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Psychoeducational Groups for Substance Abuse Recovery

In substance abuse recovery, psychoeducational groups are one of five different types of group therapies offering benefit to patients, according to the Substance Abuse and Mental Health Services Administration (SAMHSA). Those five models of group therapies are:

  • Psychoeducational groups
  • Cognitive-behavioral and problem-solving groups
  • Support groups
  • Skills development groups
  • Interpersonal process groups

What are psychoeducational groups?

Psychoeducational groups focus on patient education regarding specific disorders and how they can cope with the hurdles those disorders present in their substance abuse recovery. In some of these groups, all of the patients have the same type of issues requiring exploration and education, such as:

  • Depression
  • Trauma
  • Anxiety
  • Trust Issues
  • Medication needs
  • Similar addiction types
  • Stress issues
  • Common triggers
  • Relationships
  • Other commonalities

In other psychoeducational therapy groups, patients may have any of a number of co-occurring disorders with greater group focus placed on coping skills the entire group can benefit from, such as:

  • Overcoming triggers
  • Living within a community
  • Relationship building
  • Rule acceptance and adherence
  • Other life skills

Psychoeducational groups are facilitated by a trained therapist or other professional who acts as the group leader, also sometimes called a moderator. The group leader is highly involved in activity among the group, keeping direction focused and helping patients interact as they should for maximum benefit. These sessions are often heavily focused on providing support for substance abuse recovery, guiding patients through understanding of problems or issues, and helping patients gain skills to minimize the problems’ impact at present and in the future.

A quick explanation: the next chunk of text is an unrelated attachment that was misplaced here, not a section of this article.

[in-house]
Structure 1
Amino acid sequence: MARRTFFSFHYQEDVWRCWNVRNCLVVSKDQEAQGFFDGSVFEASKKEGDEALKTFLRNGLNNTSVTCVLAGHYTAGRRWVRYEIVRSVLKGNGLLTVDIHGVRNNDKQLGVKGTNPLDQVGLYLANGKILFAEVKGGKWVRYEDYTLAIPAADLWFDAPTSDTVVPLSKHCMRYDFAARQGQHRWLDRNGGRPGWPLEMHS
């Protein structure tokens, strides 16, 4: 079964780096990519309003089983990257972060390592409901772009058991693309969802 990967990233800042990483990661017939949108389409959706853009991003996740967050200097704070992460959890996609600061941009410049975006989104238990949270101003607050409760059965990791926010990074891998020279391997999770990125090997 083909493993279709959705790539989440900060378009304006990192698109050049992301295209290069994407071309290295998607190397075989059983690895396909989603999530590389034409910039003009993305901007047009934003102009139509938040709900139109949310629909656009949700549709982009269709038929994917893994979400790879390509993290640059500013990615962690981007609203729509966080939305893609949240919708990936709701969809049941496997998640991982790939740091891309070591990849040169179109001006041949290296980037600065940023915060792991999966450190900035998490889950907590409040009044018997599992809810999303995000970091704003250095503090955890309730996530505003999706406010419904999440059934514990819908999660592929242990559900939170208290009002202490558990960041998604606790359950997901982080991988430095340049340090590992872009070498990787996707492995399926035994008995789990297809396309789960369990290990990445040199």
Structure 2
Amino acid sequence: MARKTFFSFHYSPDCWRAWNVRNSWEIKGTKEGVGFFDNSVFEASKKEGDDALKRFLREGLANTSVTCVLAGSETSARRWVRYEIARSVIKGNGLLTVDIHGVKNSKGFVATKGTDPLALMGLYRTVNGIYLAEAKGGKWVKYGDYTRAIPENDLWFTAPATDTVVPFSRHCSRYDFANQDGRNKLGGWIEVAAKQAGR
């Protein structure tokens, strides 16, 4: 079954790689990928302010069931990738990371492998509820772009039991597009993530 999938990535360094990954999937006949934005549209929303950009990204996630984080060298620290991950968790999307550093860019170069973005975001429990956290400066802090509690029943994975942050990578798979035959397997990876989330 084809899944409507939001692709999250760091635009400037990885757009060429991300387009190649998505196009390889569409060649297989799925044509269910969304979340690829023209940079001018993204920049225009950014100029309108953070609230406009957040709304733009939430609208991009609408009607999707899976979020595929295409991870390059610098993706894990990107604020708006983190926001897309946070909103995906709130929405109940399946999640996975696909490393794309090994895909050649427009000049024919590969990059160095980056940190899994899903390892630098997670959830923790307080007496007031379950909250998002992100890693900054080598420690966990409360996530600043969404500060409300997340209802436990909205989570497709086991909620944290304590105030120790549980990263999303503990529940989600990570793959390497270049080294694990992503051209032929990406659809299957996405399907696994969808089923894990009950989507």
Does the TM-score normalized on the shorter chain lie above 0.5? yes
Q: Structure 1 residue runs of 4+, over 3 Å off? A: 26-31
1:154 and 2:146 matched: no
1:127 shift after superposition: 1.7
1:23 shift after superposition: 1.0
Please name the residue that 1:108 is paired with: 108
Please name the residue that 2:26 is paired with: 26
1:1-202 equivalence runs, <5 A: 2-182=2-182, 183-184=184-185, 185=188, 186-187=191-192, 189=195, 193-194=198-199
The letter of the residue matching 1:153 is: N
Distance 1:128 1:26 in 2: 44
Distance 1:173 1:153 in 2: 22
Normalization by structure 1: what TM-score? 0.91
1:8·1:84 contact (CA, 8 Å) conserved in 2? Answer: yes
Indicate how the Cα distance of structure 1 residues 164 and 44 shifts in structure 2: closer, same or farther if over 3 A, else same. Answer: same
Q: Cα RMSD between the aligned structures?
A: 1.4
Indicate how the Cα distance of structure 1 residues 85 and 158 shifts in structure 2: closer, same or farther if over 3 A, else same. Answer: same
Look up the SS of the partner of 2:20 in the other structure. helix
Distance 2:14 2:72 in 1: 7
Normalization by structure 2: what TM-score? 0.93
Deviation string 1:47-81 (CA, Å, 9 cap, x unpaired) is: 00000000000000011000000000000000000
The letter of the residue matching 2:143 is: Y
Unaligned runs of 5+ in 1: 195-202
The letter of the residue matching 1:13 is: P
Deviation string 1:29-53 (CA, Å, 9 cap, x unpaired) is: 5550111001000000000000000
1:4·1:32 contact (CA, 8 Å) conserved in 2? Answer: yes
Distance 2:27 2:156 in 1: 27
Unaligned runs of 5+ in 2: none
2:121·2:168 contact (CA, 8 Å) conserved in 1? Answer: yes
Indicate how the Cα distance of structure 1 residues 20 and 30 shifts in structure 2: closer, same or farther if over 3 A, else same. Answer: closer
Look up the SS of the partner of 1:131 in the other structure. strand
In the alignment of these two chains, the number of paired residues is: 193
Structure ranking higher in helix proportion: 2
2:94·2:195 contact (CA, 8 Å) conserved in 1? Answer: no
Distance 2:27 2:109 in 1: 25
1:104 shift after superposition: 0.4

How Psychoeducational Groups Are Used in Substance Abuse Recovery

In substance abuse recovery, these types of groups play several roles. First, they are used to benefit patients in their own recovery. Second, these groups may be used for family education about addiction and recovery of the family unit.

According to the National Institute on Drug Abuse, psychoeducational groups follow a specific structure and curriculum. This structure helps keep the group focused and working toward the common objectives.

A psychoeducational group session will often unfold something like this:

  • Patient self-introductions, including admitting their addictions, recent struggles of recovery and last day of use
  • Brief review of the session’s topic and goals
  • Curriculum presentations and group discussions led by the group leader
  • Review of patients’ individual plans for recovery during the upcoming week
  • Recitation of the Serenity Prayer or other group mantra with encouragement to continue in recovery and group participation

This is just one example of how a psychoeducational group may be conducted for patients. Family psychoeducational group sessions may follow a similar structure, but address issues families need to cover for maximum benefit of their loved ones and themselves as part of substance abuse recovery.

Psychoeducational Groups as Part of Treatment at Recovery In Motion

In Tucson, AZ, Recovery In Motion provides residential substance abuse recovery programs developed around evidence-based therapies for a comprehensive, integrated approach to overcoming addiction. These therapies include psychoeducational group therapies, as well as other forms of counseling and treatment that include dual-diagnosis treatment, group therapy, cognitive behavioral therapy, and family therapy programs.

Recovery in Motion has rooms available now. To learn more about how you or your loved one can benefit from the diverse array of evidence-based therapies available in residential treatment at Recovery in Motion, call 866-849-0901 today.